That didn’t take long.
Over the weekend we shared a photo forwarded by Jim Lyle showing the new signs promoting the three-foot passing law that went up in formerly bike-unwelcoming Palos Verdes Estates last week, replacing bike-unfriendly signs warning that bike laws are fully enforced in the city.
Now local residents have already taken to social media to bemoan the “ugly” signs besmirching their streets. And of course, complaining that bike riders never stop for stop signs.
Which, apparently, makes it okay to pass at less than three feet and run them off the road. Or worse.
However, since the complaining is being done on a website exclusively for residents of the exclusive Rolling Hills Estates, Lyle was kind enough to forward a sample of the comments.
Meanwhile, Cycling in the South Bay’s Seth Davidson posts multiple pages of the same anti-bike and anti-bike-friendly-signs vitriol, while reminding readers that the small victory represented by the signs only resulted from bike riders willing to turn out in force to ask for change.
Hap Dougherty forwards photos of Seattle’s train system, where bikes actually have racks, rather than just an empty space at the back of the car.
With something like this, the relatively petite cars on the Expo Line could easily hold four bikes, rather than fitting two at best in the space currently available.
Or just one if the rider insists on standing with his or her bike.
More kindhearted people.
After a 10-year old boy’s bicycle was stolen during a bike rodeo at a local school, Clovis police replace it for him.
After a 11-year old Canadian girl’s bike was stolen, the investigating officer slipped her mother some money for a new bike, and a family friend left a new bike on their doorstep.
CiclaValley says there’s an important meeting with the Army Corps of Engineers to discuss future flood control measures on the LA River, which hopefully won’t result in more closures of the bike path.
A bike rider was shot to death in broad daylight on a Bell bike path Saturday afternoon.
The Orange County Register paints bikeshare as just a “hip idea to central planners,” and a trendy and “most unnecessary boondoggle” that shouldn’t be the recipient of public subsidies. Unlike driving, which is only possible with massive public subsidies; apparently, the paper feels a desperate need to reaffirm their shaky conservative credentials after a change in ownership.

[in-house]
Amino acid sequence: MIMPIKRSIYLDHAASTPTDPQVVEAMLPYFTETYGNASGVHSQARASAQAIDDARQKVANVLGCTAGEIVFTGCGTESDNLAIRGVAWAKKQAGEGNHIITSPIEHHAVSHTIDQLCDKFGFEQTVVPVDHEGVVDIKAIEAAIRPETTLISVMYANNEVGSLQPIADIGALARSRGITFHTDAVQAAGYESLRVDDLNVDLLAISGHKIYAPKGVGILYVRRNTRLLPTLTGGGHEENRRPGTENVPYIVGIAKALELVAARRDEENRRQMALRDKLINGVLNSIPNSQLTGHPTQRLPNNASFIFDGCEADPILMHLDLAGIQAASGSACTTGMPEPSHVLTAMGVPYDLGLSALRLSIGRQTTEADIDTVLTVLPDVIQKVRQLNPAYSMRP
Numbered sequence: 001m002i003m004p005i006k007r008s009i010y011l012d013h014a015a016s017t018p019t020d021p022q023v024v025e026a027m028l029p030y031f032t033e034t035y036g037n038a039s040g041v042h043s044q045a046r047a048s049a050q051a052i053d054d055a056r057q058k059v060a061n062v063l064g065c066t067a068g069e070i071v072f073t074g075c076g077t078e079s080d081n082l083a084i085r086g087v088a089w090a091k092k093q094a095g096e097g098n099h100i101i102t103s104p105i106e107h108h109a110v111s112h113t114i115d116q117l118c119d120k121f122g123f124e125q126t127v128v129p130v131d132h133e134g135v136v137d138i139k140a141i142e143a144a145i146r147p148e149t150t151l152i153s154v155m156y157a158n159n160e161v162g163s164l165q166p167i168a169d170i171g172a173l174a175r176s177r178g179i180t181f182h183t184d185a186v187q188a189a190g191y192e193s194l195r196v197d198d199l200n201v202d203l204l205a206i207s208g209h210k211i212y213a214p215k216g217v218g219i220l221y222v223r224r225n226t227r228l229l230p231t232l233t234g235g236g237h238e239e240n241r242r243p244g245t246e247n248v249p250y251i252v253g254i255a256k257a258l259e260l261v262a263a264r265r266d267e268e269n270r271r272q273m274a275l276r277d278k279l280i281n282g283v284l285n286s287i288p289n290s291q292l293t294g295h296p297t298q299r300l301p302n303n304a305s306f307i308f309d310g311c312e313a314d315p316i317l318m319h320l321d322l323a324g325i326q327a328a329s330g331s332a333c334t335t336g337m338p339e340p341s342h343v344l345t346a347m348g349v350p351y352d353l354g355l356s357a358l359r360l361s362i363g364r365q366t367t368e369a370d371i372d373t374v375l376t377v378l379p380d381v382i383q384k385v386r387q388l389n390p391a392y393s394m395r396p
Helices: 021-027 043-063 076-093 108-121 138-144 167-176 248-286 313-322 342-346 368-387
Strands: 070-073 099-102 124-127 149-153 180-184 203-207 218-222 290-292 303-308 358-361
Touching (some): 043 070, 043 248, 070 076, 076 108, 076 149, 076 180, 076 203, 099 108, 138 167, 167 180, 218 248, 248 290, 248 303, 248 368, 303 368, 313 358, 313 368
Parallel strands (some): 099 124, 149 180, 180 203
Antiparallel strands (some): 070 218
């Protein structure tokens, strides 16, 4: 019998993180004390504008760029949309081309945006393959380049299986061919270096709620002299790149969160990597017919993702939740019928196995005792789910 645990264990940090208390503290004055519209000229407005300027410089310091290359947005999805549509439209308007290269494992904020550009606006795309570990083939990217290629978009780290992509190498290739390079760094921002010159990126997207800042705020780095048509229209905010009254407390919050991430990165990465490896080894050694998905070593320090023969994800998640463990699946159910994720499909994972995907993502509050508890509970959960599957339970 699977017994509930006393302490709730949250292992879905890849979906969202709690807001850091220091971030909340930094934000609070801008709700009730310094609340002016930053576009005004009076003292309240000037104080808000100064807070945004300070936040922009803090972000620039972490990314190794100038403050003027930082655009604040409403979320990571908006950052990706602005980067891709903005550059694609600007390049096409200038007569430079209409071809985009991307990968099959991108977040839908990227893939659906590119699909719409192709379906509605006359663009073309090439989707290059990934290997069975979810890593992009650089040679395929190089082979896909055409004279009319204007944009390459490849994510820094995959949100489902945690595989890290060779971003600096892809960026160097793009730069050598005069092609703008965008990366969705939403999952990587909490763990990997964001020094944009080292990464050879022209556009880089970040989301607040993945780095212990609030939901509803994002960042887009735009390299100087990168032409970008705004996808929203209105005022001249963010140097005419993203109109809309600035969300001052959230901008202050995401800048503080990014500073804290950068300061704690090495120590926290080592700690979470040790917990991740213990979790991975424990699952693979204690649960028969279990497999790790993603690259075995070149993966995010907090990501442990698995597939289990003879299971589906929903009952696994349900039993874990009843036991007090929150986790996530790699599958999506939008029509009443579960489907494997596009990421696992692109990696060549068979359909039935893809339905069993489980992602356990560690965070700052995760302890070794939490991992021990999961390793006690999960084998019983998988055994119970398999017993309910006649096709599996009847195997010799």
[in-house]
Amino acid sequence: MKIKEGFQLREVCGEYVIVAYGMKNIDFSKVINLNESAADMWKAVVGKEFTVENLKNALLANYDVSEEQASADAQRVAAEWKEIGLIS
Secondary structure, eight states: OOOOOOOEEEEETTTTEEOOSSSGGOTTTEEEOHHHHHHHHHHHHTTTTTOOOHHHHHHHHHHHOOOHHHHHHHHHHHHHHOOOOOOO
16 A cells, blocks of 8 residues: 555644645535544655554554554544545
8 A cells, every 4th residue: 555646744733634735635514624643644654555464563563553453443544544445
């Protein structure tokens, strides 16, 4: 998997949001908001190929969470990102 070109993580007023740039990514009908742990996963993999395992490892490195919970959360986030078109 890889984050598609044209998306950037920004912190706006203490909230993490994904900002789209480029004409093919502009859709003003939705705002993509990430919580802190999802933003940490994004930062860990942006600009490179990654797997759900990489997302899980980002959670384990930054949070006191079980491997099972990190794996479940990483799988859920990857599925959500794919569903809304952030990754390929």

The Big Bear Cycling Festival began over the weekend, and continues with events all week.
The Lompoc Valley Bicycle Club has been meeting weekly for over 25 years to ride to Buellton for breakfast.
A Chico bike rider says he lost his sense of community after he went over his handlebars on a busy street, as people continued to drive by without stopping to help as he lay there unable to move with a broken arm, and his bike on top of him.
Portland police ride a 21-mile trail surrounded with homeless encampments searching for stolen bikes. And not surprisingly, find them.
New York police are looking for a bike rider who returned fire when a man in a Jeep shot at him. So why aren’t they looking for the driver of the Jeep?
North Carolina ups the bike-friendly ante with a shiny new four-foot passing law; motorists who force riders off the road, make them crash or even just make bicyclists change lanes will now face increased fines.
Funds that had been raised for a homeless Georgia college student who rode his bike six hours to register for class have been put on hold, as the woman who started the gofundme account has concerns about his story.
So much for that famed Canadian politeness. A bike rider is the subject of racial slurs after a driver and his passengers get out of their car and tell him to get off the street; however, he reports an outpouring of support after the story went public .
A London columnist claims she came close to being killed by a bike rider when she stepped out of a building on a narrow street without looking. But instead of deciding she should be more careful next time, blames the bike rider who managed to avoid her — and by extension, everyone who likes to ride fast.
A British medical professor says think twice about that acupuncture for cyclists.
British trucking companies are told to remove signs warning bicyclists to stay back.
The widow of a Maltese hit-and-run victim asks drivers to think of the person’s relatives every time they speed past a cyclist.
A Kiwi cyclist says riders are treated like second-class citizens in New Zealand.
Perth, Australia releases ambitious plans to create a Dutch-style bicycle network suitable for eight to eighty-year olds.
A Taiwanese taxi driver had a blood alcohol level over five times the legal limit when he slammed into two bicyclists; police found four empty beer cans inside the taxi, suggesting he’d been drinking behind the wheel.